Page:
The story of the Blue Hope diamond has been a source of fascination for centuries. Indeed, the intense blue stone (around the size and shape of a walnut) is today described as the most famous diamond in the world. Why? For its curse.
An eye for an eye
Legend has it that the diamond was plucked from the eye of a statue of the Hindu goddess, Sita, by the French merchant traveller Jean Baptiste Tavernier while travelling in India in the seventeenth century. A curse was placed upon the stone in revenge, bringing bad luck or death to all who touched it.
Nothing but superstition?
The curse has since been dismissed not only as superstition but as a story invented in the late nineteenth to early twentieth century to enhance the stone’s mystique (generating publicity) and newsworthiness (adding to its market value).
A number of newspaper articles have been pinpointed as helping to spread the rumour, including an entry in the New York Times (January 29, 1911) listing the names and gruesome fates of all those who had supposedly fallen victim to the curse. Among these were: Princess Marie Louise of Savoy, torn apart by a French mob; King Louis XVI and Marie Antoinette (guillotined); Simon Mencharides, the merchant who once sold the stone to the Turkish sultan, Sultan Hamid and was thrown from a precipice along with his wife and young child; the Russian Prince Ivan Kanitovski, killed by Russian revolutionists (and who shot his sweetheart, the Folies Bergère actress, Madmoiselle Ledue, whilst she was wearing the jewel on stage); and also Tavernier himself, said to have been torn to pieces by wild dogs in Constantinople.
Many of these claims have not withstood the test of time or scrutiny. Tavernier for example lived until the age of 84 and died of natural causes, and there is significant dispute over how he first came to acquire the stone (either by purchase or theft). A more recent report in The New York Times claimed: “any hard evidence linking it to tragedy has yet to be officially proven” (2006).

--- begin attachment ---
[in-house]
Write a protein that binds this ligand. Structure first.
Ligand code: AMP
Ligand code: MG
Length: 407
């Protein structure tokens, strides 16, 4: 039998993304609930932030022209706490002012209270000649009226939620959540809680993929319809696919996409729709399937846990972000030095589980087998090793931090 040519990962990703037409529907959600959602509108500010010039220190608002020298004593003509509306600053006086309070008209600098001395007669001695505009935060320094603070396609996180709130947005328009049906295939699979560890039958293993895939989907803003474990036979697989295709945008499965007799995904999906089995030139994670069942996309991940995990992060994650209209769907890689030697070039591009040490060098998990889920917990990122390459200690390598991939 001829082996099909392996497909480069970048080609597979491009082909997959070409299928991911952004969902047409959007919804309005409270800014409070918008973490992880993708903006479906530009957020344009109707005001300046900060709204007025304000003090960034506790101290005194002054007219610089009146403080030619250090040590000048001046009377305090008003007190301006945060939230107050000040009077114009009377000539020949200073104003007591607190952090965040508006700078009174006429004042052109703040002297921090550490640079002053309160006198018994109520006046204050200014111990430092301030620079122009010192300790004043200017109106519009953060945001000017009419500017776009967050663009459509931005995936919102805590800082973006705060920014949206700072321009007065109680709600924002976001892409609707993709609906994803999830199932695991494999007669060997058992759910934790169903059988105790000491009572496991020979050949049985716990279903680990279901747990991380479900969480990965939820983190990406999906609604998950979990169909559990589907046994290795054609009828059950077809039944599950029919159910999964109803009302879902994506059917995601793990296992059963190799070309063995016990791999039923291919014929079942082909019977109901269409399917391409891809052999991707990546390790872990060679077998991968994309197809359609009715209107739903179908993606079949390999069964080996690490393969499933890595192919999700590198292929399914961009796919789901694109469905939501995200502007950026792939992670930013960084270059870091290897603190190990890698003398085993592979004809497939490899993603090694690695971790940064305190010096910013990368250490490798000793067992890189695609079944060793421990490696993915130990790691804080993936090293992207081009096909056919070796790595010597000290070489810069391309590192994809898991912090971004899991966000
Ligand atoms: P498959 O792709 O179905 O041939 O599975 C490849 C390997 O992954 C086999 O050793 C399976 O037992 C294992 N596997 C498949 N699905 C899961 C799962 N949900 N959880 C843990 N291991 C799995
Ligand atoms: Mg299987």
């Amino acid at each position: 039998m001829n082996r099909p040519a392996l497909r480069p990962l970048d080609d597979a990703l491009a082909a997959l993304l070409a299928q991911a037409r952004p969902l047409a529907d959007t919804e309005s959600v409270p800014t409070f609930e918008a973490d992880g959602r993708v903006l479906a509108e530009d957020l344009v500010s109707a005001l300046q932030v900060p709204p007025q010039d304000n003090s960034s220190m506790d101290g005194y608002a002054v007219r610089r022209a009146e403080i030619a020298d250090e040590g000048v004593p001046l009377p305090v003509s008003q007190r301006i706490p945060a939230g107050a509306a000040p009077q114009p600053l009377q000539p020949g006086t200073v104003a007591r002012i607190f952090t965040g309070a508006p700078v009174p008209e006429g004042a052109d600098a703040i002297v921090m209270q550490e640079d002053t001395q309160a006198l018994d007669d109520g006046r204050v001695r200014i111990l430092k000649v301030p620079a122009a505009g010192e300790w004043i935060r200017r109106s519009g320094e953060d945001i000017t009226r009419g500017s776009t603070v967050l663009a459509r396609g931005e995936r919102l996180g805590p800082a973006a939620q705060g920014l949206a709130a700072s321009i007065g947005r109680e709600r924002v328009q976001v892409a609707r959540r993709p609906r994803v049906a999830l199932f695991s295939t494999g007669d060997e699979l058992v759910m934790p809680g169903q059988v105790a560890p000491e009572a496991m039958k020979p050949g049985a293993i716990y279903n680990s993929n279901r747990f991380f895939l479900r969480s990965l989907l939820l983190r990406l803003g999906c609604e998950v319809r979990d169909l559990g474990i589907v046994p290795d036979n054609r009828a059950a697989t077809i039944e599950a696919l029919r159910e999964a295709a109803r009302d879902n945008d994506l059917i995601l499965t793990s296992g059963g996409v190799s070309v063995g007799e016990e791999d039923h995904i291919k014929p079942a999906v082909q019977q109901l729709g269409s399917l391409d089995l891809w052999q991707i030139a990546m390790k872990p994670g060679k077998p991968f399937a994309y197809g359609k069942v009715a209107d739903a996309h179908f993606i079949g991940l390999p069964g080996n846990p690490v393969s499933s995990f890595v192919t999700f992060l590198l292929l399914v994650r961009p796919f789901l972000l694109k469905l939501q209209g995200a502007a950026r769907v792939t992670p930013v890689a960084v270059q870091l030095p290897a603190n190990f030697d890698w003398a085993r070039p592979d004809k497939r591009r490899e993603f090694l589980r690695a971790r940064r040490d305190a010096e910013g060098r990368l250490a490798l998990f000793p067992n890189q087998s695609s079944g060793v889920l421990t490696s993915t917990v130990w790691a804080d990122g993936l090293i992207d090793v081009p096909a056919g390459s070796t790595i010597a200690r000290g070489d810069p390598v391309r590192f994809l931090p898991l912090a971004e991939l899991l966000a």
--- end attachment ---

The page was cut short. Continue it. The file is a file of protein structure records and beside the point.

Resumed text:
To stick to what we do know, the stone did indeed originate in India, from the Kollur mine in Golconda. When Tavernier first discovered it, it weighed around 112 carats and was a crude triangular shaped stone, which he described as a ‘beautiful violet’. Today the stone has been officially classified by the GIA as fancy dark greyish blue (rare), however a further test using a very sensitive colourimeter has shown that there is a very slight violent component to the deep blue colour that is imperceptible to the naked eye.
A turbulent journey
Tavernier transported the stone back to Paris where he sold it in 1668 to King Louis XVI, who had it recut by his court jeweller, Sieur Pitau, and suspended on a neck ribbon which he wore on ceremonial occasions. Today it is still sometimes referred to as Le Bijou du Roi (‘the King’s Jewel’) or Le bleu de France (‘the Blue of France’).
Since then the jewel has gone missing, resurfaced and changed hands many times. Several accounts suggest that it may even have been acquired by King George IV at one point before being sold off once again to pay his debts.
The final private owner
In 1909, the stone was bought by Pierre Cartier, who had it recut and set in a more modern style – a cushion antique brilliant diamond with a faceted girdle and extra facets on the pavilion (weighing in at 45 carats). This is how it remains today and was done to aid Cartier in the sale of the diamond to the American mining heiress and socialite, Mrs. Evalyn Walsh McLean, and her husband Edward. The plan worked and, despite a great deal of legal wrangling, the sale was eventually made in 1911 for $300,000 (though some accounts claim less was paid).
A condition of the sale stated that: “Should any fatality occur to the family of Edward B. McLean within six months, the said Hope diamond is agreed to be exchanged for jewelry of equal value,” after the young couple learnt about its past.
Following Mrs McLean’s death, the stone was purchased by Harry Winston Inc. of New York in 1949, as part of her entire jewellery collection. The stone was shown at exhibits and charitable occasions around the world until it was donated to the Smithsonian Institution in 1958.
The stone remains the Smithsonian’s premier attraction to this day, and is insured for $250 million. Thankfully, no ill fate has befallen either the institution or the jewel since it changed hands.
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